NCAA Hockey 101: Boston University, breaking bad

NCAA Hockey 101: Boston University, breaking bad

The Boston University Terriers did not have a good two-weeks-before-Christmas.

There was, of course, the gambling scandal.

To recap quickly: Third-line forward Nick Roberto is suspended for the year for his involvement with sports gambling, which is of course a big NCAA no-no, but this follows months of BU pretending this was a “minor violation of team rules.” It also allegedly involves other unnamed players that were no longer with the team as of the end of last season, so this is obviously getting a lot of traction.

But the thing with the Roberto news is that while one of the larger stories in college hockey over the last several years -- insofar as it really isn't unreasonable to wonder about the implications behind any player potentially getting in quite deep with sports betting -- it's probably the third-least impactful story as it to BU hockey's on-ice product and performance since the team went on winter break.

Let's start with the more recent news, which involves Colorado Avalanche second-round pick AJ Greer jumping from college hockey to Rouyn-Noranda of the QMJHL. This was, ostensibly, because Greer felt he has been underused at BU probably both this year and last. And indeed, in the 2014-15 season, you probably would have been able to argue against his broader use, because he was one of the youngest players in college hockey — being 17 years old for a decent chunk of the season — playing against grown men. He got into almost every game, but he didn't get much of a run-out because the Terriers were deep up front.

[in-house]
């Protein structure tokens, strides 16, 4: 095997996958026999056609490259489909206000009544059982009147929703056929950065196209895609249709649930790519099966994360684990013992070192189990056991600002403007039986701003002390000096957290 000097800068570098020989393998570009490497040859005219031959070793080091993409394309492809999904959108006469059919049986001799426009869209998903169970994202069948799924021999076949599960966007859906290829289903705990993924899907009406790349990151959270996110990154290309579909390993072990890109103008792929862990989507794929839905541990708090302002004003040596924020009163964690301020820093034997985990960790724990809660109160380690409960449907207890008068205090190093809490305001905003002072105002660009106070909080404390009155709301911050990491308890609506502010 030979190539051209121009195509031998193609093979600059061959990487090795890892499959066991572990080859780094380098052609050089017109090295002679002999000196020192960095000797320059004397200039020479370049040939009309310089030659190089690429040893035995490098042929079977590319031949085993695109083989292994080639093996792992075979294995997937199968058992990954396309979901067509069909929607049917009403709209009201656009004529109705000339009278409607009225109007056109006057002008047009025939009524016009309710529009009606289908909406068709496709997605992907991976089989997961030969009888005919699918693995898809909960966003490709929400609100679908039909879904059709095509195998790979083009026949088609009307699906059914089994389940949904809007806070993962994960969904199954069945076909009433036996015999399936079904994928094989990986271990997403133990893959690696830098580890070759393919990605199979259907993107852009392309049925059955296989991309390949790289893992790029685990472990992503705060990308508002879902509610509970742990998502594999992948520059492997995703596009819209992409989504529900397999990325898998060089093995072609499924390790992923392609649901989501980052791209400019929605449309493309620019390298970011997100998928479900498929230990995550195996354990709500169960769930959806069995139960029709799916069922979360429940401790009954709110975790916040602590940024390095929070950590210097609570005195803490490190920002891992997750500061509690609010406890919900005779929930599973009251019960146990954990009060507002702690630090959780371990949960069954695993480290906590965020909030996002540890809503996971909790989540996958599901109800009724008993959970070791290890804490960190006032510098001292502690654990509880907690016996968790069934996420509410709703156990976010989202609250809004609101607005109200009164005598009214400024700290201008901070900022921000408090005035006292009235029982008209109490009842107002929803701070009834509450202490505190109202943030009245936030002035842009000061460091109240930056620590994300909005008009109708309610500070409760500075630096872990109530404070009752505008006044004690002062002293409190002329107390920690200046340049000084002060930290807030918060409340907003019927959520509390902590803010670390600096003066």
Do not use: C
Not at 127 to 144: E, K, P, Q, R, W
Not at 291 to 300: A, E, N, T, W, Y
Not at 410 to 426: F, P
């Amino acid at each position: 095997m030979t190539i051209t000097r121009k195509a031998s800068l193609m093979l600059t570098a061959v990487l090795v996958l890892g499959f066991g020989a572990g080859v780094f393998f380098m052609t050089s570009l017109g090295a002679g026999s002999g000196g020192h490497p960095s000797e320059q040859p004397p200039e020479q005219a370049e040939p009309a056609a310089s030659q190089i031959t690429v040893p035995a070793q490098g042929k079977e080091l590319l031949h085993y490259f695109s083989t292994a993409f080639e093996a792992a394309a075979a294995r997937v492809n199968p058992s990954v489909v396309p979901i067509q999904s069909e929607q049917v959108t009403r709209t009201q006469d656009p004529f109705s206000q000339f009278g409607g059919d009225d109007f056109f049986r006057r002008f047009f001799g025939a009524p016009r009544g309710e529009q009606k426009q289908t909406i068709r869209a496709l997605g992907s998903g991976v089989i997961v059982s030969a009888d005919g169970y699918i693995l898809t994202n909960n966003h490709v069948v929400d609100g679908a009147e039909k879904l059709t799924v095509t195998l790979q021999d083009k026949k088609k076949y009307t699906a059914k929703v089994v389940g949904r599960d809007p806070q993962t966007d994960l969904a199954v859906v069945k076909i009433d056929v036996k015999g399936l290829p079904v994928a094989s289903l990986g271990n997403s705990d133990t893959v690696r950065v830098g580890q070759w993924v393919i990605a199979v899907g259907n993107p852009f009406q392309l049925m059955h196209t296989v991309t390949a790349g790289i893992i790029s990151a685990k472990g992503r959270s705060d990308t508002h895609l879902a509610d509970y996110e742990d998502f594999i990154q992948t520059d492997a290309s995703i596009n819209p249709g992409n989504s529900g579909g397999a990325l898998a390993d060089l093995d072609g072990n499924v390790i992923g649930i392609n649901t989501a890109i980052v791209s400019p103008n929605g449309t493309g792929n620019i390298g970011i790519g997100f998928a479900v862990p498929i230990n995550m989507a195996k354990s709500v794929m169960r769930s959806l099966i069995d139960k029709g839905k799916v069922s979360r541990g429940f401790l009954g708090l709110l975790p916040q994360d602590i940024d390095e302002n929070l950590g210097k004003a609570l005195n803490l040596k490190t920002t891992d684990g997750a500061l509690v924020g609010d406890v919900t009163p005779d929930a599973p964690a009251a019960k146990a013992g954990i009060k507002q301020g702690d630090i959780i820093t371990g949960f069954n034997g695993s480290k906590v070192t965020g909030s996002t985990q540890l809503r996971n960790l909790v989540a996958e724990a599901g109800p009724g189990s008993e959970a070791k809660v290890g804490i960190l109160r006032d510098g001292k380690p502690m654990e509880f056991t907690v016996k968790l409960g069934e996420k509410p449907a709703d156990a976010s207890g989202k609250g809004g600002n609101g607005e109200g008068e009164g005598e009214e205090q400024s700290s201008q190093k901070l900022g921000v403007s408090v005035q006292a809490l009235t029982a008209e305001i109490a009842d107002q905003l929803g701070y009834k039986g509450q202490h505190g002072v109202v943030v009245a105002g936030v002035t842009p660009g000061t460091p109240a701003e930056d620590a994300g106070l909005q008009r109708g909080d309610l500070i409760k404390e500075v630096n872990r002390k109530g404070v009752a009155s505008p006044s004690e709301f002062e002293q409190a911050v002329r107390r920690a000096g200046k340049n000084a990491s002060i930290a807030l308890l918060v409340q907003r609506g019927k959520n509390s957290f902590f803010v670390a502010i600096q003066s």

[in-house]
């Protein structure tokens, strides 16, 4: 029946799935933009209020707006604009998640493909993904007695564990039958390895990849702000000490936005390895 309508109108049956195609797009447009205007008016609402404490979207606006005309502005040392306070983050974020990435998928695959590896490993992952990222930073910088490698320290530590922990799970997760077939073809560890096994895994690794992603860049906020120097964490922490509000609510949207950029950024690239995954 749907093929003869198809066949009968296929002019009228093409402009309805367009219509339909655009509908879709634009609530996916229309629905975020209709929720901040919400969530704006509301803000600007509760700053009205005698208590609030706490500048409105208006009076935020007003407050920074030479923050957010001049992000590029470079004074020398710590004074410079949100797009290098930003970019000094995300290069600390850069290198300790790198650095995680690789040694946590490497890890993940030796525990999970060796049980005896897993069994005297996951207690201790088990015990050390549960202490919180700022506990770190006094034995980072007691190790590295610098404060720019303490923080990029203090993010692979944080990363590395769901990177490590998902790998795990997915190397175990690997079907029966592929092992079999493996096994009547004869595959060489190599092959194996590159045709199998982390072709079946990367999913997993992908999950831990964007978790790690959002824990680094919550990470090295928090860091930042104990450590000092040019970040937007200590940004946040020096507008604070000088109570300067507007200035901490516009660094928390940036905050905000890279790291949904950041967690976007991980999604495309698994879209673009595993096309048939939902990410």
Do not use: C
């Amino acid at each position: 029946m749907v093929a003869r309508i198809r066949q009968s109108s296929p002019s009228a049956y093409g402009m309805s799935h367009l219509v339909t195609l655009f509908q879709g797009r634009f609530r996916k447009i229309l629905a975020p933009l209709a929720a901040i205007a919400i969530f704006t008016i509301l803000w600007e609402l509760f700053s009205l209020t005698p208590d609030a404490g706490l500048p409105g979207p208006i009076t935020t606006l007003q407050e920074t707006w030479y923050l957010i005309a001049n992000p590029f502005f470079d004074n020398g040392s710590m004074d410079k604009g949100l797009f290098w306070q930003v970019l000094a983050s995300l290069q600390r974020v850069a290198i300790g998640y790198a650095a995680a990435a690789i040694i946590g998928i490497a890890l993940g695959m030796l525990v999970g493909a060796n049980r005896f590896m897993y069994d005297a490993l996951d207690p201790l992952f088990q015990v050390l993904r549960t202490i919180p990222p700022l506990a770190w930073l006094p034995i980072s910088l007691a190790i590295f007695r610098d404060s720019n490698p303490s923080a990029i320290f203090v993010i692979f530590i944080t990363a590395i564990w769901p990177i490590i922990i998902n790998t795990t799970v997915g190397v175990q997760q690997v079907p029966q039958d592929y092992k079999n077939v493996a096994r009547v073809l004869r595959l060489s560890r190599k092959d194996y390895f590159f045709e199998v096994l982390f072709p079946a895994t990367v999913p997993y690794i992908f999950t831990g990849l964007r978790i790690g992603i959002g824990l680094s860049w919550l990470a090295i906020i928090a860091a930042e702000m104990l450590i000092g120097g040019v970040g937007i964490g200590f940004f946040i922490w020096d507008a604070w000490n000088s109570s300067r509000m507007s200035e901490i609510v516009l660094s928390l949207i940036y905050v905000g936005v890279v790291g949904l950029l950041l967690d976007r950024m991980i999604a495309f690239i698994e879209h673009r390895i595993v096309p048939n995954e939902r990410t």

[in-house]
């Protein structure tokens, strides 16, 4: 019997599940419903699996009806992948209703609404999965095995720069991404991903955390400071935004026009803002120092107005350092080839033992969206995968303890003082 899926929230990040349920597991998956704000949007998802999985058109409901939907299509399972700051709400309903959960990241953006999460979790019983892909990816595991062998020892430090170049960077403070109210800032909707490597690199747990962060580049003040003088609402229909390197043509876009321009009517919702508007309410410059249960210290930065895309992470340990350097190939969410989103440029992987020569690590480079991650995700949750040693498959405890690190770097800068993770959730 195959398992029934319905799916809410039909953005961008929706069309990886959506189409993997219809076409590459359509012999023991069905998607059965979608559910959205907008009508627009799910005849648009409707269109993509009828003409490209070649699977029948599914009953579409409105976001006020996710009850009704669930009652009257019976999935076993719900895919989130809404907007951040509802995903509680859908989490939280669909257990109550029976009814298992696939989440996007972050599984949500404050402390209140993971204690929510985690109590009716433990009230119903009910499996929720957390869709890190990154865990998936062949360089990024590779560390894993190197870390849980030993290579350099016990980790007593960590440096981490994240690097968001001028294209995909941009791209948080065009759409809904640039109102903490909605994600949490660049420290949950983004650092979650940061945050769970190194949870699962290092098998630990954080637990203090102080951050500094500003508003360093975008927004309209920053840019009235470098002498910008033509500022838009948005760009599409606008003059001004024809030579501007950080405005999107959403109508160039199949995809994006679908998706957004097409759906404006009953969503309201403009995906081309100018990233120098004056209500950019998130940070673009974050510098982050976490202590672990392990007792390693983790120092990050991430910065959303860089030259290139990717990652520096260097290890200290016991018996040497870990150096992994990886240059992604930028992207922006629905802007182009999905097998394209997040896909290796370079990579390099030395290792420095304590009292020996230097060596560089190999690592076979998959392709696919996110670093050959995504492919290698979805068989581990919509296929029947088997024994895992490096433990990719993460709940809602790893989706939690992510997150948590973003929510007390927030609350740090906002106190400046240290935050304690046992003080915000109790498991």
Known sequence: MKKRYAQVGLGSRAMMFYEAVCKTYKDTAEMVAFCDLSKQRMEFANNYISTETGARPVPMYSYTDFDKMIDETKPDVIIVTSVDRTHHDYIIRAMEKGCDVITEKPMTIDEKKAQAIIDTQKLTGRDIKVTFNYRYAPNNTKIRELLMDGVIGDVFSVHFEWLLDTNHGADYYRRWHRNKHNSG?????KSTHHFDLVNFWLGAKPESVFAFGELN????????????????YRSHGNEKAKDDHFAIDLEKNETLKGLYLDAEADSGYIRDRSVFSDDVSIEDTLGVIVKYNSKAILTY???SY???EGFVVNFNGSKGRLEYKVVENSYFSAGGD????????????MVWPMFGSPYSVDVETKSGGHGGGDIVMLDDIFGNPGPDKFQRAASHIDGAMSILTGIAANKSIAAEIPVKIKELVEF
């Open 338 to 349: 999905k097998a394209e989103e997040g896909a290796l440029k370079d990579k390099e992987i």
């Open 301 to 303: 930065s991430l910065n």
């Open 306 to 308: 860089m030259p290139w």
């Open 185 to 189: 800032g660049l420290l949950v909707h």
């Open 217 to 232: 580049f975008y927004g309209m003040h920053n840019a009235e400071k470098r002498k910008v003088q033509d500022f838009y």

This year, they are not as deep, but nonetheless played what you'd have to call a supporting role, and was further passed over by a number of freshmen for higher-profile jobs. The relationship apparently wasn't working for Greer, who has yet to play a game for Rouyn-Noranda, so his college career came to an end with a line of 4-8-12 in 55 games.

“Unfortunately, A.J. felt that jumping to the QMJHL would be better for his development,” BU coach David Quinn told the Boston Globe. “After we finished up the first semester last week, I let Colorado know that it wasn’t working with A.J. because he couldn’t accept his role and that he had to change if he was going to come back for the second semester.”